What always bothered me was when the employees themselves acted like having children meant that they were automatically entitled to the most favorable schedules.
I've seen this sort of thing happen a number of times:
An employee (who has children) would ask a co-worker (with no children) to trade shifts. The co-worker says no, because he/she already has plans, has a commitment, has an exam to study for, etc., and the employee would act like the co-worker had refused them a lifesaving medication or something.
An employee would ask for a particular night off to look after their children, and the manager is unable to find coverage.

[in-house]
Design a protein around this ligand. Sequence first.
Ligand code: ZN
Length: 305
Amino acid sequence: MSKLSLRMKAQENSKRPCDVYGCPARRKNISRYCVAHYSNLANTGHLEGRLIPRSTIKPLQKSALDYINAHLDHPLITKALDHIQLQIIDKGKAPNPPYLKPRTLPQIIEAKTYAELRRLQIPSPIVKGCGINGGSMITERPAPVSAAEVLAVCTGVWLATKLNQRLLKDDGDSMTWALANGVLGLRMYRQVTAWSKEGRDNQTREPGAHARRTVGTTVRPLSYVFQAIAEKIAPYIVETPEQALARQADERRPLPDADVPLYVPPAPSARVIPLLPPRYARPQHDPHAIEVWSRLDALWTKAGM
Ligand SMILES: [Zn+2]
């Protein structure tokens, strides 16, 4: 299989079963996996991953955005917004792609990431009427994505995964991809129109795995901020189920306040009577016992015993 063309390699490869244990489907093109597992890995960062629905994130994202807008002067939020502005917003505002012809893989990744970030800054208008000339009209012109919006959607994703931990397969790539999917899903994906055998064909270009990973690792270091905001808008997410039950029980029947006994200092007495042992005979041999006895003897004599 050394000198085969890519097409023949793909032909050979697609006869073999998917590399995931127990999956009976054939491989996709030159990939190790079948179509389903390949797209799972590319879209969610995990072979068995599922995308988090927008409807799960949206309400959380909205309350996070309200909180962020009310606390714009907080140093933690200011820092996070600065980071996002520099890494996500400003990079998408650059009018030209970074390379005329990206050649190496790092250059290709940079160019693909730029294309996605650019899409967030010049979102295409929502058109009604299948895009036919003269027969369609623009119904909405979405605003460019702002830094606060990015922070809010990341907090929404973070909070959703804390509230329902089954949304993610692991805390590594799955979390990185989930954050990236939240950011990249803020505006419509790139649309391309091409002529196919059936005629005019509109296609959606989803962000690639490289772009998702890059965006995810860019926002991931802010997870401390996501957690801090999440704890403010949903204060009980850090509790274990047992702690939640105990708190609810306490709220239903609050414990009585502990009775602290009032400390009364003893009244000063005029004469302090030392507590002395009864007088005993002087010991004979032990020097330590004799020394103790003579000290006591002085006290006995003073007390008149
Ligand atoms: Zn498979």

Manager: I’m sorry, but there’s nobody to take that shift for you.
Employee: What about Nicole? She’s not on the schedule for that night.
Manager: She requested that night off weeks ago, and I granted it to her.
Employee : But she doesn't have kids!
Since when does squeezing a bowling ball out of your uterus entitle you to superseding someone else's pre-approved plans?
There is nothing wrong with asking somebody to accommodate you because you have children, but in my opinion, they cross over into entitlement when they act like managers and co-workers are under an obligation to do so … and we hate entitlement.
These people chose to have children and accepted the responsibility that comes with that. Their managers and co-workers are under no obligation to rearrange their entire schedules, miss important engagements, give up class time, etc., to accommodate them.